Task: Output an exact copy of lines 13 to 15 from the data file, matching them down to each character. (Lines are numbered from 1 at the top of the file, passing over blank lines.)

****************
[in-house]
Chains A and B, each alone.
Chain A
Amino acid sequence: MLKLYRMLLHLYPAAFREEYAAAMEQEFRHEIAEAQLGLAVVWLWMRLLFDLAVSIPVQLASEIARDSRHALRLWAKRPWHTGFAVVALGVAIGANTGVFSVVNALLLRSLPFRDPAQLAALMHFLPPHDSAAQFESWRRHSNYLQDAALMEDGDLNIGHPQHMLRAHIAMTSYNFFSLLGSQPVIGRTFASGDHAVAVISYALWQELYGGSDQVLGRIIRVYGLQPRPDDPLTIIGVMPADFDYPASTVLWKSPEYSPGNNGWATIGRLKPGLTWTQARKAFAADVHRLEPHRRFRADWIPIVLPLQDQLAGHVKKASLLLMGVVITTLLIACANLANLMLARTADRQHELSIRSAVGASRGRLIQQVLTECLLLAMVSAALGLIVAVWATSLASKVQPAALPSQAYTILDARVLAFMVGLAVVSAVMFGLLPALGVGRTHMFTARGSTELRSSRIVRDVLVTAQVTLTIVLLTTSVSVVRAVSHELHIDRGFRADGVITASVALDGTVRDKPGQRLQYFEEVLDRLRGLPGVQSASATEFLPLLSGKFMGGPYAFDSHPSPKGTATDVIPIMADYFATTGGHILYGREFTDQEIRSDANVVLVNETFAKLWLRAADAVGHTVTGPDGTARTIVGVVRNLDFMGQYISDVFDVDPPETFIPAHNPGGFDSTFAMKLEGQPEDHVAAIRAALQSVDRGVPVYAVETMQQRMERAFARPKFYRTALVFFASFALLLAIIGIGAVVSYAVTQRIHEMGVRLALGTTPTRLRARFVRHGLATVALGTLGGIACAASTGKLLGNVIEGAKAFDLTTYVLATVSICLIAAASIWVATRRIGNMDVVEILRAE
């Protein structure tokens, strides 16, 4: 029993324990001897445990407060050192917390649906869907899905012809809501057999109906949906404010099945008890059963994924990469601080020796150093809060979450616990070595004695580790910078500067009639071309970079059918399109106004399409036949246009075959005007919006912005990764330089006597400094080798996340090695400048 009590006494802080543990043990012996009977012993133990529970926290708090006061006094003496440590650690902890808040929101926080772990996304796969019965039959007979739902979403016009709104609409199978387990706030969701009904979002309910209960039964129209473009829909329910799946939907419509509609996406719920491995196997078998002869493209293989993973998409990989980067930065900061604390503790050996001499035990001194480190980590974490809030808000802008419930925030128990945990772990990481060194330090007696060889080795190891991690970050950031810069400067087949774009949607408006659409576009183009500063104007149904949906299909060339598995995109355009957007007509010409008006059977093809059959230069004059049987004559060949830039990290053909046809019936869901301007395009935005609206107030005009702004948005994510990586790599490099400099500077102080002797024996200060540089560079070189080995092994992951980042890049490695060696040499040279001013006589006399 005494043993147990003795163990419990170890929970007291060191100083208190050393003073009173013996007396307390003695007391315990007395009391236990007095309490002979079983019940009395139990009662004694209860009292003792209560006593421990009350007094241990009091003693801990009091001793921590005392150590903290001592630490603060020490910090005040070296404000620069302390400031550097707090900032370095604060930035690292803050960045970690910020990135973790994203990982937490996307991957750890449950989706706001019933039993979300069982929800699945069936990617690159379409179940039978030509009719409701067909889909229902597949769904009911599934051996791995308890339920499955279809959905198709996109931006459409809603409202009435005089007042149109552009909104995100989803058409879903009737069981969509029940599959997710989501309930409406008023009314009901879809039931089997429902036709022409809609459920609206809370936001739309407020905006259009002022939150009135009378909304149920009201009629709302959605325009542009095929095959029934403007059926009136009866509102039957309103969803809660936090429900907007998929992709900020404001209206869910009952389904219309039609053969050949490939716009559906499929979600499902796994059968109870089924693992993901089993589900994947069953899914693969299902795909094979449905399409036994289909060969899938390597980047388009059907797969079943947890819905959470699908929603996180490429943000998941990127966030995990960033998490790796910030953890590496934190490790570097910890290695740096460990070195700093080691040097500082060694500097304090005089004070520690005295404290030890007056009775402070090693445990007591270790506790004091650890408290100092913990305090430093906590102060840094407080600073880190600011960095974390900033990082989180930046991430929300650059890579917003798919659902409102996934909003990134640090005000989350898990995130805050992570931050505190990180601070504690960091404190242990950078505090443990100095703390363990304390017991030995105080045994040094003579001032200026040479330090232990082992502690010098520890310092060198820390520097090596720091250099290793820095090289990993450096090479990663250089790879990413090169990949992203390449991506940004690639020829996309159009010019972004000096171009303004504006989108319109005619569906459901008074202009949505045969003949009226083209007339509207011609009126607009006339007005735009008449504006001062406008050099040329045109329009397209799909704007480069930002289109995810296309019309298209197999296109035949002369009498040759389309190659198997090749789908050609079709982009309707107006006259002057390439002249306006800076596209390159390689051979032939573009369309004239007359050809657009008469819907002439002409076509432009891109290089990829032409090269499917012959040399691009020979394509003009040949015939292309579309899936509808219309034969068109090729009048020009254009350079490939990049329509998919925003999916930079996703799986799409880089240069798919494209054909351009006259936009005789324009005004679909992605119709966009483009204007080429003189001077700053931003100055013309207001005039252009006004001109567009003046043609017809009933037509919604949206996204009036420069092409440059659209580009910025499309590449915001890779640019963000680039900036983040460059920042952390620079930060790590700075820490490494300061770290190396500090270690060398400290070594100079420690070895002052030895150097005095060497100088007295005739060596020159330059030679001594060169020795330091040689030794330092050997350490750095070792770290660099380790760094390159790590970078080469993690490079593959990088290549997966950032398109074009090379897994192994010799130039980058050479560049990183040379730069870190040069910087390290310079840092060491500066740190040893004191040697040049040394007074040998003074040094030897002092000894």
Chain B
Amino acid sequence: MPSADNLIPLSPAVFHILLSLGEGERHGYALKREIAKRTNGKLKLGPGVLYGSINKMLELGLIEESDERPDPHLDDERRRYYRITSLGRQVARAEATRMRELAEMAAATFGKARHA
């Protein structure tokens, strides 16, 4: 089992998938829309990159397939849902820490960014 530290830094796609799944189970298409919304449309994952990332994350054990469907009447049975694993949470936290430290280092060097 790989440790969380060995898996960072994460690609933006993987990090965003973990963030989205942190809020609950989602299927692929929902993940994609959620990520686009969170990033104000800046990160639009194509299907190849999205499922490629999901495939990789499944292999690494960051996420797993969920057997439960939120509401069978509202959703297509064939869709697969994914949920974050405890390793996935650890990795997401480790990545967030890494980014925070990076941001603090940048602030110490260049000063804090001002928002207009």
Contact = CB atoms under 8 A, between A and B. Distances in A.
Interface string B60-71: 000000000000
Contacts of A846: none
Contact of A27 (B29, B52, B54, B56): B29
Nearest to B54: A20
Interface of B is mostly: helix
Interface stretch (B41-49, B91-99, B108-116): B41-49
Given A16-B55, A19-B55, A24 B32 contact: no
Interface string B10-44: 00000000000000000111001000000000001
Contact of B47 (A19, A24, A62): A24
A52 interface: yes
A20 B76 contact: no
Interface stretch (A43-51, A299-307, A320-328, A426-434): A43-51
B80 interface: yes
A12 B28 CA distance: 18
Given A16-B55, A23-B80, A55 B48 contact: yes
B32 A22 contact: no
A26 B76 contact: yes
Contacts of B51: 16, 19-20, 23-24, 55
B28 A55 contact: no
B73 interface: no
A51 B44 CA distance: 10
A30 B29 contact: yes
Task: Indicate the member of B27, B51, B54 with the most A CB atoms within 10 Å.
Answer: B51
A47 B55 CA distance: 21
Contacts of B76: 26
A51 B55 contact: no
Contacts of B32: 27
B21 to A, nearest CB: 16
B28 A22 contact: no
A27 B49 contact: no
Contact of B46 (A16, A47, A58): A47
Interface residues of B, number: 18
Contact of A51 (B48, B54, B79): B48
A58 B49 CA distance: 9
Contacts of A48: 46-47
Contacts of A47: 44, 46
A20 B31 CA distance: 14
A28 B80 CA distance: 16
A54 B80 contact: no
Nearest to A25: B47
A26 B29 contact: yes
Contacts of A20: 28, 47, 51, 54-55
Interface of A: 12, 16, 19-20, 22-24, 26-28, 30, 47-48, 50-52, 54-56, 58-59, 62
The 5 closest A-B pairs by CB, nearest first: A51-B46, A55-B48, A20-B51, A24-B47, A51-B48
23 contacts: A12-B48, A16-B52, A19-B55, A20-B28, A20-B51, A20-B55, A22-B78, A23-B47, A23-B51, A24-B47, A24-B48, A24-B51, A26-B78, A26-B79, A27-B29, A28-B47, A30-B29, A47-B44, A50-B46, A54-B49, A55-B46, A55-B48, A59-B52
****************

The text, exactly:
Nearest to B54: A20
Interface of B is mostly: helix
Interface stretch (B41-49, B91-99, B108-116): B41-49